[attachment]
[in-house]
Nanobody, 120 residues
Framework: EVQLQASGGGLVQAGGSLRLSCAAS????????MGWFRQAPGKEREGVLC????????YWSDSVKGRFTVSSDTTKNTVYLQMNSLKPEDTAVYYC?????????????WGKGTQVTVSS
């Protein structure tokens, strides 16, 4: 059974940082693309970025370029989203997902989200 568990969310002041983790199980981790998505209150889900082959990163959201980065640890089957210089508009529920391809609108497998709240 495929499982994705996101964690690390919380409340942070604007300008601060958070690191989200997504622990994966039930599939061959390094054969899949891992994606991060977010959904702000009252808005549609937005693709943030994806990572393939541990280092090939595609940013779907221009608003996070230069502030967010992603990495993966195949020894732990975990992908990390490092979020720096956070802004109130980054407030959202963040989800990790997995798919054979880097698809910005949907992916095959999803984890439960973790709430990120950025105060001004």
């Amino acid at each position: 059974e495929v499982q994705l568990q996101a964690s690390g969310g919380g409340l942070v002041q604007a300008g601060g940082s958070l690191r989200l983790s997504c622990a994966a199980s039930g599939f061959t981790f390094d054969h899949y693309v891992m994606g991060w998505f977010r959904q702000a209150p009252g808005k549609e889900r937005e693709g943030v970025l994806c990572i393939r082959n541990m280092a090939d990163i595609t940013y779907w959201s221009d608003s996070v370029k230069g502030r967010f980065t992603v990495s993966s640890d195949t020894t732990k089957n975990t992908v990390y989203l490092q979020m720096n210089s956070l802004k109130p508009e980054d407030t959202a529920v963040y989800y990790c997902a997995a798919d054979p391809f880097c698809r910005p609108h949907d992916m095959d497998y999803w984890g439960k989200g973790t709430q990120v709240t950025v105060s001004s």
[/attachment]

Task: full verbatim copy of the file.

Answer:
[in-house]
Nanobody, 120 residues
Framework: EVQLQASGGGLVQAGGSLRLSCAAS????????MGWFRQAPGKEREGVLC????????YWSDSVKGRFTVSSDTTKNTVYLQMNSLKPEDTAVYYC?????????????WGKGTQVTVSS
């Protein structure tokens, strides 16, 4: 059974940082693309970025370029989203997902989200 568990969310002041983790199980981790998505209150889900082959990163959201980065640890089957210089508009529920391809609108497998709240 495929499982994705996101964690690390919380409340942070604007300008601060958070690191989200997504622990994966039930599939061959390094054969899949891992994606991060977010959904702000009252808005549609937005693709943030994806990572393939541990280092090939595609940013779907221009608003996070230069502030967010992603990495993966195949020894732990975990992908990390490092979020720096956070802004109130980054407030959202963040989800990790997995798919054979880097698809910005949907992916095959999803984890439960973790709430990120950025105060001004």
């Amino acid at each position: 059974e495929v499982q994705l568990q996101a964690s690390g969310g919380g409340l942070v002041q604007a300008g601060g940082s958070l690191r989200l983790s997504c622990a994966a199980s039930g599939f061959t981790f390094d054969h899949y693309v891992m994606g991060w998505f977010r959904q702000a209150p009252g808005k549609e889900r937005e693709g943030v970025l994806c990572i393939r082959n541990m280092a090939d990163i595609t940013y779907w959201s221009d608003s996070v370029k230069g502030r967010f980065t992603v990495s993966s640890d195949t020894t732990k089957n975990t992908v990390y989203l490092q979020m720096n210089s956070l802004k109130p508009e980054d407030t959202a529920v963040y989800y990790c997902a997995a798919d054979p391809f880097c698809r910005p609108h949907d992916m095959d497998y999803w984890g439960k989200g973790t709430q990120v709240t950025v105060s001004s």